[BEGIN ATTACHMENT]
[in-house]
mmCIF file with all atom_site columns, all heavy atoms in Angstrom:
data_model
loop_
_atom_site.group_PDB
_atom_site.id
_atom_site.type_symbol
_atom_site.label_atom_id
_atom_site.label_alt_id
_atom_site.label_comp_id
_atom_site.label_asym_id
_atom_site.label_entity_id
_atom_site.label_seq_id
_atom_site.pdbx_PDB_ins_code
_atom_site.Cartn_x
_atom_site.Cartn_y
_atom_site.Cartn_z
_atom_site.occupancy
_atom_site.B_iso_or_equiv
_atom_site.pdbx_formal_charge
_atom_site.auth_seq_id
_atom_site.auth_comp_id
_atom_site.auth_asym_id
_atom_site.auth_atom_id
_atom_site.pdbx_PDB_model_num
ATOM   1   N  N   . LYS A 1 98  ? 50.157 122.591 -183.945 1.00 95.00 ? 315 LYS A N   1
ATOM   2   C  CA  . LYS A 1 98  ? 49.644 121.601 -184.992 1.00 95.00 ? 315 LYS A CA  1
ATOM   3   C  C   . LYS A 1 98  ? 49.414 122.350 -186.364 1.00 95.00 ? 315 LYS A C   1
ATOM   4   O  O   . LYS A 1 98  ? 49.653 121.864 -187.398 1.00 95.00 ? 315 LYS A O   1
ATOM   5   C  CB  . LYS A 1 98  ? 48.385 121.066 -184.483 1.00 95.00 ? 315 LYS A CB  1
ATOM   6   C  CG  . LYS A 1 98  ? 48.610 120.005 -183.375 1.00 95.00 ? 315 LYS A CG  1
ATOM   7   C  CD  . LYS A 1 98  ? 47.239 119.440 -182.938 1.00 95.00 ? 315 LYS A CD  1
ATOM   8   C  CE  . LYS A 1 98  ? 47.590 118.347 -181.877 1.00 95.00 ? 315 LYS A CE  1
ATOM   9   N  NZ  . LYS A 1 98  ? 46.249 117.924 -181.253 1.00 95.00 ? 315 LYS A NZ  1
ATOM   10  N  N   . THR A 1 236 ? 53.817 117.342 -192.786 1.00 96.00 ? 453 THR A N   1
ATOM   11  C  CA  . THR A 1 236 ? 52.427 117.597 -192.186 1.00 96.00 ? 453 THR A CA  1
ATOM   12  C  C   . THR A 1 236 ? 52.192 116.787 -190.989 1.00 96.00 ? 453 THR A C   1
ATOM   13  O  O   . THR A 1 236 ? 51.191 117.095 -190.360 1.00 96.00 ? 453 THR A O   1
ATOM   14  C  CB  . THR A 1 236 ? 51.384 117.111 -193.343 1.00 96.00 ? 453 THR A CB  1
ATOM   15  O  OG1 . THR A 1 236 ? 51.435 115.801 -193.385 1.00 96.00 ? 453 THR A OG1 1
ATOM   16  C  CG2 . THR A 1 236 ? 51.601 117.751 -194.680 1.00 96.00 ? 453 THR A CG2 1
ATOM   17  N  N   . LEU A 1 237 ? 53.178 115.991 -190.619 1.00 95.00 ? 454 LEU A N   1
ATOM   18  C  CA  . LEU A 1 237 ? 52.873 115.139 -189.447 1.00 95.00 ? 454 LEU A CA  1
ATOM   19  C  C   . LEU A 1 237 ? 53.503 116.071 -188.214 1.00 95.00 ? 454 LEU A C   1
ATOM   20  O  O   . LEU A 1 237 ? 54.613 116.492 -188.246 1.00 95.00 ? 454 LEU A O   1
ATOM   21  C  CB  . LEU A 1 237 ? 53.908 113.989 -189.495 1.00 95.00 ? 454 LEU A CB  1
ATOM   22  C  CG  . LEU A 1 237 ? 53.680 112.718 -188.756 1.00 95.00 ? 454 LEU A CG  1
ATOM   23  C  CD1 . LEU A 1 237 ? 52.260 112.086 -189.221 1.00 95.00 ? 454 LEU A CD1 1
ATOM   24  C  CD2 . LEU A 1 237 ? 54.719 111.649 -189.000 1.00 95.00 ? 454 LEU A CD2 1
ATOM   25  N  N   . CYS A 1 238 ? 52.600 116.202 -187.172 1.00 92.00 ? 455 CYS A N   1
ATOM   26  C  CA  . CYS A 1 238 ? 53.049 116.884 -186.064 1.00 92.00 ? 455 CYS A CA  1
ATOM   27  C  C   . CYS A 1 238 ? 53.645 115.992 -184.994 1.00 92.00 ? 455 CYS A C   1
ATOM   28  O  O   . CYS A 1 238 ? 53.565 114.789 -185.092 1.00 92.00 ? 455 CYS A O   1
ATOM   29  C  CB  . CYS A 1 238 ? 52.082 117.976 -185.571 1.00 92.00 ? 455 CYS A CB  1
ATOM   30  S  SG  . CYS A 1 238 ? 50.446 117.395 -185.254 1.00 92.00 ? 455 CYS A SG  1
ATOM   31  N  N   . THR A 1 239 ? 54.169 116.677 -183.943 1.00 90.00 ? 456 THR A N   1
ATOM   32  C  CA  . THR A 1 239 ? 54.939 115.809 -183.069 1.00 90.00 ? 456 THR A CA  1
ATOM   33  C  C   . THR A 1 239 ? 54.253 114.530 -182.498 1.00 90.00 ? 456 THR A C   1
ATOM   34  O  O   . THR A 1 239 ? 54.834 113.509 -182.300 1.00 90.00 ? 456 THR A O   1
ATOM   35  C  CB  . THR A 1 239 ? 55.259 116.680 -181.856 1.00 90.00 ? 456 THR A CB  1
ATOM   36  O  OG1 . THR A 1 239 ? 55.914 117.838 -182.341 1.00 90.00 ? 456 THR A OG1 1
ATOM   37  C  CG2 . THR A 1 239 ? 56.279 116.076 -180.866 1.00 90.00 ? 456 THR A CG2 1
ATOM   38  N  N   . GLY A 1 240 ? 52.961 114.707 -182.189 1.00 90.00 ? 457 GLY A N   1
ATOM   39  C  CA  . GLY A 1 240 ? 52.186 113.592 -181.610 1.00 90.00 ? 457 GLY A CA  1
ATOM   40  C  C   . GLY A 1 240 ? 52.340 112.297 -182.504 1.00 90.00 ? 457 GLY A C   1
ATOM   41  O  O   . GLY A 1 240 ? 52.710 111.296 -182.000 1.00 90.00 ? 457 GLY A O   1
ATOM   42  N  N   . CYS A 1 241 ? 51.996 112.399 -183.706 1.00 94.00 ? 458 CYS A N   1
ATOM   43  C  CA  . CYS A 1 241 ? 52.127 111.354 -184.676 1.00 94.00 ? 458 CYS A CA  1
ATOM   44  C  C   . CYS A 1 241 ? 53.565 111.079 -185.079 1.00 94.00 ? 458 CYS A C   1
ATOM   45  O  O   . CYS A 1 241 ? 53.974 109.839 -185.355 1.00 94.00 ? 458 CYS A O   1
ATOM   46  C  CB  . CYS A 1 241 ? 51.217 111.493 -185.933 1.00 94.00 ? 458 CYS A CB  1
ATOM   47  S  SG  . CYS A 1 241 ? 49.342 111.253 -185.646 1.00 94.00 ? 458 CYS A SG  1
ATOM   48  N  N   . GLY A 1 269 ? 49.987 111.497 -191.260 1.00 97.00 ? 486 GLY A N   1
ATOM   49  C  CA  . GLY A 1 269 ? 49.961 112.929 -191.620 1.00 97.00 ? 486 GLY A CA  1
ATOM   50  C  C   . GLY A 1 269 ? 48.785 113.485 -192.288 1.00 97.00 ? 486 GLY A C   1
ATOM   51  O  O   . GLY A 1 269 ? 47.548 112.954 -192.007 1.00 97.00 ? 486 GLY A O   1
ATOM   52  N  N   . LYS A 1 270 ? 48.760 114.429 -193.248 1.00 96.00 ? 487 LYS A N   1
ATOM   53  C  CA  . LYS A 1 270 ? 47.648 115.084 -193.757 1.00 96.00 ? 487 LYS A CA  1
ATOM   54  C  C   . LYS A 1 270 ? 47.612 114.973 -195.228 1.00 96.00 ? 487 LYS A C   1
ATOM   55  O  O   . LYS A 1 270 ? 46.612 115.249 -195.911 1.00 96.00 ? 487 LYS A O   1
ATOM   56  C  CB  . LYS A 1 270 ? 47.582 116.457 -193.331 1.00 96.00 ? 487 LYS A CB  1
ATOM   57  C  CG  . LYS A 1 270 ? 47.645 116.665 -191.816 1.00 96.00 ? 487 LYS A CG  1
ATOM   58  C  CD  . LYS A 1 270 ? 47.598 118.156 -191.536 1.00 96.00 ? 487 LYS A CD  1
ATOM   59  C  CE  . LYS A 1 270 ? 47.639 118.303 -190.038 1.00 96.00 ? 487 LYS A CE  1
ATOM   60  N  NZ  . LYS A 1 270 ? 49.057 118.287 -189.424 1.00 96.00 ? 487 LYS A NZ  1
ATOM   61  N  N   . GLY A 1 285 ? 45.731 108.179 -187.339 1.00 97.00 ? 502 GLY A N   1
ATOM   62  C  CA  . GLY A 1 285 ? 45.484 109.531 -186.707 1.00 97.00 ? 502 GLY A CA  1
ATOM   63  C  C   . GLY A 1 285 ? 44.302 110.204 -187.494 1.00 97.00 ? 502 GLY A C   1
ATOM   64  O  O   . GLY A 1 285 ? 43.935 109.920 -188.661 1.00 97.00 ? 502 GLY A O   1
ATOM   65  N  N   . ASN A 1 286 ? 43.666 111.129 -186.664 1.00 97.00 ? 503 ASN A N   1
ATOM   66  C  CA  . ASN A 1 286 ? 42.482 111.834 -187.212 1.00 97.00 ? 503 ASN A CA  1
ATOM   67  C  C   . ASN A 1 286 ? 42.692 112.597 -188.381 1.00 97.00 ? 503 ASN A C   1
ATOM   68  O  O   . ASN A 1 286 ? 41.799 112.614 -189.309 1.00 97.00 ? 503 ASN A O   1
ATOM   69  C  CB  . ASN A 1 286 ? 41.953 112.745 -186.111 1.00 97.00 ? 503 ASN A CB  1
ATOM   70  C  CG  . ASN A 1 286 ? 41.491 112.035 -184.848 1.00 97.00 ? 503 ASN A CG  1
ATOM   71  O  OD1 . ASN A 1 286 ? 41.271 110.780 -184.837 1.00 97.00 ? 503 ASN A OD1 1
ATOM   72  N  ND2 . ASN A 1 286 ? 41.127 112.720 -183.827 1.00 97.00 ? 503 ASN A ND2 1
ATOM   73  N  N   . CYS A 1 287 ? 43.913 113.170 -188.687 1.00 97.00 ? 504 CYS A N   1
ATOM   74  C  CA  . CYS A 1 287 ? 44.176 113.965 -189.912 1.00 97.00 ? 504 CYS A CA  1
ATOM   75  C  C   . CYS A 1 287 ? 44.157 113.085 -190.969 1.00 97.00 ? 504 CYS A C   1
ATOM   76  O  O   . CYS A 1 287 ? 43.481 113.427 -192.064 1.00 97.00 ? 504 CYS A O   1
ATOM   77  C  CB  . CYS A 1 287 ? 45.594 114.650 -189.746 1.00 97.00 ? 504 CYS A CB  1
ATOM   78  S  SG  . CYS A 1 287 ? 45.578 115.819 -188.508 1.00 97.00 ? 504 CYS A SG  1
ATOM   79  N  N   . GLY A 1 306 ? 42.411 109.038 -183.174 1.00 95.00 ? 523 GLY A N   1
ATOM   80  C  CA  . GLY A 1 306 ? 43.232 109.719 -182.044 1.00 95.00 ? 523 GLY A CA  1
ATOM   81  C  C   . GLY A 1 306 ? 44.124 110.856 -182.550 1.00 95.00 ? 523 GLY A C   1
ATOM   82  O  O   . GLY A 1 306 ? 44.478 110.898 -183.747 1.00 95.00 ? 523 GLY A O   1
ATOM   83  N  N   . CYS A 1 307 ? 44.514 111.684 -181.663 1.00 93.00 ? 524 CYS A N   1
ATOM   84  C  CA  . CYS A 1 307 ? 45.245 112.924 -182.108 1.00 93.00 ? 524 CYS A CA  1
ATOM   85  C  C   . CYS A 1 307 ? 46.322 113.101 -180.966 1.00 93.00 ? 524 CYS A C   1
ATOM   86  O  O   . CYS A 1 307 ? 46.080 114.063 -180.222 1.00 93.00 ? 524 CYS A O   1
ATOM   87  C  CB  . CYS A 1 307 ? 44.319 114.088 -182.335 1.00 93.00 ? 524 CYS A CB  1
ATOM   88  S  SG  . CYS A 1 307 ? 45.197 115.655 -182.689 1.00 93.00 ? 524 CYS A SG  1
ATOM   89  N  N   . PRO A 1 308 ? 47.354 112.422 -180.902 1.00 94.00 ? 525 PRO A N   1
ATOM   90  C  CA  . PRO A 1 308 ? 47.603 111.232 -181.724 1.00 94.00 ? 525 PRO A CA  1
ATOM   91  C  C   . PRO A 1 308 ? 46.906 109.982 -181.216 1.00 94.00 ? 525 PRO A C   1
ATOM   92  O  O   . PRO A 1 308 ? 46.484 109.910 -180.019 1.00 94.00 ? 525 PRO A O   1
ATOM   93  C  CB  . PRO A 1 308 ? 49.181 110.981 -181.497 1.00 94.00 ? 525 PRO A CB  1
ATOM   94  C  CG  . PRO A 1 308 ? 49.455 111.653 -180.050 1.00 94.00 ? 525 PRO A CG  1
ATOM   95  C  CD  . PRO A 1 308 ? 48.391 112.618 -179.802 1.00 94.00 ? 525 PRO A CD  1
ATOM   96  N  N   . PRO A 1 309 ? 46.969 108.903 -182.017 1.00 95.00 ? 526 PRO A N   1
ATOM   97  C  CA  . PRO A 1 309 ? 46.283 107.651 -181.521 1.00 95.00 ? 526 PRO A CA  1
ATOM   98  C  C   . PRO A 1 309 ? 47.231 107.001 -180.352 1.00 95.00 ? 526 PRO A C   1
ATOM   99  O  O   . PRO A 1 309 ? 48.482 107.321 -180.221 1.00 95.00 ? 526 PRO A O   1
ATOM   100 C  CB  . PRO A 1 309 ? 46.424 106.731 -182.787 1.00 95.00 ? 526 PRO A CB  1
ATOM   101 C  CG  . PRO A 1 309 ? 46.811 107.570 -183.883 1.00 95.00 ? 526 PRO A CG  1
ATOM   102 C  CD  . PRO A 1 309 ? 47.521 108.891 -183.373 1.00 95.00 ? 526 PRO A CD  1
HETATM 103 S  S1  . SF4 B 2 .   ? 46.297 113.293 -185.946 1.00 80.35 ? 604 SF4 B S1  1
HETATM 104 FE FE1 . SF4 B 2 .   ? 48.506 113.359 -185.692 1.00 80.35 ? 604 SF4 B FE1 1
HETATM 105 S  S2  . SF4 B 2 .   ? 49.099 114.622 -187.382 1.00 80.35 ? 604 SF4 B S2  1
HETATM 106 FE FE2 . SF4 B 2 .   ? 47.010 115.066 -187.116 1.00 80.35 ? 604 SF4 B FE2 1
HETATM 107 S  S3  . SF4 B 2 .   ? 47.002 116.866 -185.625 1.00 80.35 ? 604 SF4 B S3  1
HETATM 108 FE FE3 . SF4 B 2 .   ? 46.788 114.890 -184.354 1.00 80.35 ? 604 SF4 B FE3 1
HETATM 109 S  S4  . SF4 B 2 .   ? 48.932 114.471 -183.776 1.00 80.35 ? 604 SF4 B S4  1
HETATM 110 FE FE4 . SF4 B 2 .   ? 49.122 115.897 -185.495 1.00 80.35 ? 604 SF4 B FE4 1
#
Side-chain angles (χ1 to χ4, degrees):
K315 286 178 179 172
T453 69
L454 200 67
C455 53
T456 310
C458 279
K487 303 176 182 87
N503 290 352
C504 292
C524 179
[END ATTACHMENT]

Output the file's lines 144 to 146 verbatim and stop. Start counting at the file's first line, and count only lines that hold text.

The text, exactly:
K487 303 176 182 87
N503 290 352
C504 292